In sunsetting projects, securing the cooperation of an outgoing vendor could be one of the most challenging tasks ever. This is very true, especially when the vendor isn’t available on the premises and the valuable patient data is hosted on the cloud. While waiting on extracts from other vendor partners could be an option here; however, that by itself is going to be time-consuming and cause a lot of delays. Most vendors try to hold hostage and often have unreasonable requests of their customers to provide them with their own data.

    The difficulties further escalate when there is no standardization of the EHR database despite the presence of the Meaningful Use requirement.

    Abhishek Begerhotta, CEO at 314e, believes that the best way to navigate this and reduce risks would be to pick the most suitable vendor after evaluating them on multiple levels and then sign a SAS contract after careful consideration. He also added that it would be better to have the price points, the terms and provisions for data availability and data transitions, and the ability to meet healthcare-specific standards reviewed by the hospital’s legal team.

    Some of the questions that could be asked of the EHR vendor are:

    • What regulatory standards are you meeting to avoid security risks?
    • How scalable is the system to meet the growing needs of the healthcare organization?
    • How often would the system undergo upgrades?
    • What kind of access and control over the data does the healthcare organization have?
    • What kind of support is provided to aid with disaster recovery?

    The choice of a specific archival vendor to become a vendor partner must be made by the CIO after considering the following:

    It is crucial to pick a vendor partner that would make archival and sunsetting easy to deal with, considering the inborn challenges that come with every M&A. One of the determining factors of an excellent vendor would be foresight or the ability to look at the big picture. This is something that is very crucial in every M&A data integration, especially in healthcare, where data has the power to determine life and death.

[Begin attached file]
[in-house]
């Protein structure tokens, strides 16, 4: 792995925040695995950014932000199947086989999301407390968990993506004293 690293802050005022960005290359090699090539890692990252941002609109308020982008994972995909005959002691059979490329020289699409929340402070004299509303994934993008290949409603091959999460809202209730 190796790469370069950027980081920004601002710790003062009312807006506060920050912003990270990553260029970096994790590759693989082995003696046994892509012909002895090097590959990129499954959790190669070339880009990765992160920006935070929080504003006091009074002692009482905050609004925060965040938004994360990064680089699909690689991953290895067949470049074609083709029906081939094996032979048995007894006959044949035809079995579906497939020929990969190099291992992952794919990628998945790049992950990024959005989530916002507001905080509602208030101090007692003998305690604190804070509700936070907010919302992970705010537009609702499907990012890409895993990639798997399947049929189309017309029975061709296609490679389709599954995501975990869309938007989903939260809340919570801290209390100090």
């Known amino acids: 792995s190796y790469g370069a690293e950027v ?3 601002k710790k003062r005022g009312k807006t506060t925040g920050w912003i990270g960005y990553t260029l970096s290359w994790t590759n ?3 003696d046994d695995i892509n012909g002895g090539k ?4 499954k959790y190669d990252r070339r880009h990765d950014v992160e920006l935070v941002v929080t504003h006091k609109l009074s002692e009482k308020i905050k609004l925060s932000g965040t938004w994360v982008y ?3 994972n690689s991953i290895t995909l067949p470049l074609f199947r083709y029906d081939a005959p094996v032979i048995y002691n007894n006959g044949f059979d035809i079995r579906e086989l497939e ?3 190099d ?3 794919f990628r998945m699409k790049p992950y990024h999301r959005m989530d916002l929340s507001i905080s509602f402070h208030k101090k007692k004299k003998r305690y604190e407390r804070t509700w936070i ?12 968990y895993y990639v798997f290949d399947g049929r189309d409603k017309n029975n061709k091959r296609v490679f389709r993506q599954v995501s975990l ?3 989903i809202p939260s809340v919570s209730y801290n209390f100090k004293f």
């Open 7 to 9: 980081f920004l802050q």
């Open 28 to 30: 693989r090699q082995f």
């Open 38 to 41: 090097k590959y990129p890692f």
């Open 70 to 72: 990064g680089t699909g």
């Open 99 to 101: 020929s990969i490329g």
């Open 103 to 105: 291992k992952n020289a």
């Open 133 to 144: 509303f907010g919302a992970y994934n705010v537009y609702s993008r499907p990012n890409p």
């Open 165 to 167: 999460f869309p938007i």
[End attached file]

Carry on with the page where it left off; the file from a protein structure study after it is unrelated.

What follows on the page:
Other key aspects that would help with differentiating an excellent vendor from the rest would be:

    • The top priority and the most important differentiating factor has to be the technology used for data discovery and data delivery
    • The compliance with health data standards like FHIR, the Cures Act, and so on
    • The experience of serving in the market for a decent amount of time and the ability to customize based on the experience gained over the years

    Bonus tips on dealing with all kinds of vendor problems in archival and sunsetting projects

    • Archival and sunsetting driven by M&As require a great deal of data transformation involved, so it is better to be prepared for it
    • When it comes to working with archival vendors, it is fundamental to build relationships and work in coordination, as archival and sunsetting can never be turnkey projects
    • Experienced archival vendors might initially start with some level of custom solution to meet your specific needs and later transition to standardized operating procedures based on their previous experience; as a CIO, it is important to accept this to achieve success in the process

    As far as the CIO’s involvement is concerned, it is important not to get to the depths of such matters and let the Subject Matter Experts who best understand the ground reality, handle it. However, the key role of a CIO when it comes to such projects is to join hands with archival partners and equally be invested in partnerships. It is crucial for the CIO to evaluate how a specific archival solution can meet the data strategy of the organization based on the need to meet the set healthcare standards and also ensure easy access to health data upon request. Having all of these in mind could help a CIO drive a smooth data archival and application sunsetting process in a hospital.

    If you are on the lookout for an archival vendor, and finding it difficult to pick one, here’s an Evaluating Secure Healthcare Data Archiving Vendors Checklist to help you.